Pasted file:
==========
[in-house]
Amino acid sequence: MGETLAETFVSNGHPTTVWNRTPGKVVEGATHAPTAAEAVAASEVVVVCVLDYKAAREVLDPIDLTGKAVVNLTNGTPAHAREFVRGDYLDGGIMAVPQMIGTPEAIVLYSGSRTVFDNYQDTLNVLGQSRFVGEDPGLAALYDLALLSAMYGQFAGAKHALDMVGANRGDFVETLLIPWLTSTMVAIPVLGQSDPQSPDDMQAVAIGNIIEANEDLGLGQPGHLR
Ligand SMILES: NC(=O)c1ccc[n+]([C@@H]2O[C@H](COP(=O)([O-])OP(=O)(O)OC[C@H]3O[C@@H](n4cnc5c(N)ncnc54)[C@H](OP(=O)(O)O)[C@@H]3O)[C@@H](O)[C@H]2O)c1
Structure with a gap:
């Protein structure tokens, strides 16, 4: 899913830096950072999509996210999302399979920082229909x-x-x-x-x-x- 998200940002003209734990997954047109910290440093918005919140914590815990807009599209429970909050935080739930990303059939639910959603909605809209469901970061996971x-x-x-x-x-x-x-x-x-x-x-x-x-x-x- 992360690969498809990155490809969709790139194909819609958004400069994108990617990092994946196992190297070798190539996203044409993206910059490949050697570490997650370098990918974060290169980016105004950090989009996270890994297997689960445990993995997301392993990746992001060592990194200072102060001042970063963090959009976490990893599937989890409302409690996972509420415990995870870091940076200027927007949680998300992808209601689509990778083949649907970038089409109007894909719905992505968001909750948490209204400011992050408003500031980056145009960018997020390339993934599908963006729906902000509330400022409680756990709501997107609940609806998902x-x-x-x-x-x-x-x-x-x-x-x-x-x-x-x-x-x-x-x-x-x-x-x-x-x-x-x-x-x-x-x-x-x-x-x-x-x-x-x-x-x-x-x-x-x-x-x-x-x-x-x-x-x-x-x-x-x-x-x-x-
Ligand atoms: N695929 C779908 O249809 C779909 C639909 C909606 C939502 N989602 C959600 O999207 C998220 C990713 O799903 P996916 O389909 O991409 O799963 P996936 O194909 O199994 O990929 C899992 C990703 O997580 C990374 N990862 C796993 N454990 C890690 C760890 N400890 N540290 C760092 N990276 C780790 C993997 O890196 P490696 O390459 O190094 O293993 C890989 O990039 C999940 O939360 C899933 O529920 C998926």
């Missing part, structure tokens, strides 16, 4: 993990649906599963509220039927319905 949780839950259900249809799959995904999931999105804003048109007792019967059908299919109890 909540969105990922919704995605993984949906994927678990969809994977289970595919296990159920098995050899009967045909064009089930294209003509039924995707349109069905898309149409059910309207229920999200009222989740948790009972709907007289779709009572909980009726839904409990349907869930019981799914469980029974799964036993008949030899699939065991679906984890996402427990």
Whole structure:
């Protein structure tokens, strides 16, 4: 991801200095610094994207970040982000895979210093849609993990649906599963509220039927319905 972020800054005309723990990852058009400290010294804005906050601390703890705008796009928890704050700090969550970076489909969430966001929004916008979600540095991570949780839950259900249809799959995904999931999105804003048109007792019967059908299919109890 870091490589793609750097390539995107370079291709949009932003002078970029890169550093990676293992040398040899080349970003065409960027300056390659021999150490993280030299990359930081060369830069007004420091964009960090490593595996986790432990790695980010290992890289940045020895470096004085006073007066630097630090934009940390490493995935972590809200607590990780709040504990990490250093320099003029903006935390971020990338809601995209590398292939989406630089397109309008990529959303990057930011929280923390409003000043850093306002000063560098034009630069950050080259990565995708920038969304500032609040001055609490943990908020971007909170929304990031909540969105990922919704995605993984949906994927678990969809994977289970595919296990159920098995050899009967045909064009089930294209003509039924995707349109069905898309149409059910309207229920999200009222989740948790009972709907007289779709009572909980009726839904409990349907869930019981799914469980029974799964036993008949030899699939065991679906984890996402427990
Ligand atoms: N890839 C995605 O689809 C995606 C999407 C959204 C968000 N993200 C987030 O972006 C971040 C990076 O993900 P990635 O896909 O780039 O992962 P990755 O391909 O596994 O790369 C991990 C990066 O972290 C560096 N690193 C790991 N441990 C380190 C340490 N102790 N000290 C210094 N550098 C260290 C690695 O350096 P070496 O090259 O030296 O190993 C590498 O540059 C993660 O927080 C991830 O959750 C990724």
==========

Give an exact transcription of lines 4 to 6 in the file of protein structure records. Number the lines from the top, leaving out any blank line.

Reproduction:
Structure with a gap:
């Protein structure tokens, strides 16, 4: 899913830096950072999509996210999302399979920082229909x-x-x-x-x-x- 998200940002003209734990997954047109910290440093918005919140914590815990807009599209429970909050935080739930990303059939639910959603909605809209469901970061996971x-x-x-x-x-x-x-x-x-x-x-x-x-x-x- 992360690969498809990155490809969709790139194909819609958004400069994108990617990092994946196992190297070798190539996203044409993206910059490949050697570490997650370098990918974060290169980016105004950090989009996270890994297997689960445990993995997301392993990746992001060592990194200072102060001042970063963090959009976490990893599937989890409302409690996972509420415990995870870091940076200027927007949680998300992808209601689509990778083949649907970038089409109007894909719905992505968001909750948490209204400011992050408003500031980056145009960018997020390339993934599908963006729906902000509330400022409680756990709501997107609940609806998902x-x-x-x-x-x-x-x-x-x-x-x-x-x-x-x-x-x-x-x-x-x-x-x-x-x-x-x-x-x-x-x-x-x-x-x-x-x-x-x-x-x-x-x-x-x-x-x-x-x-x-x-x-x-x-x-x-x-x-x-x-
Ligand atoms: N695929 C779908 O249809 C779909 C639909 C909606 C939502 N989602 C959600 O999207 C998220 C990713 O799903 P996916 O389909 O991409 O799963 P996936 O194909 O199994 O990929 C899992 C990703 O997580 C990374 N990862 C796993 N454990 C890690 C760890 N400890 N540290 C760092 N990276 C780790 C993997 O890196 P490696 O390459 O190094 O293993 C890989 O990039 C999940 O939360 C899933 O529920 C998926």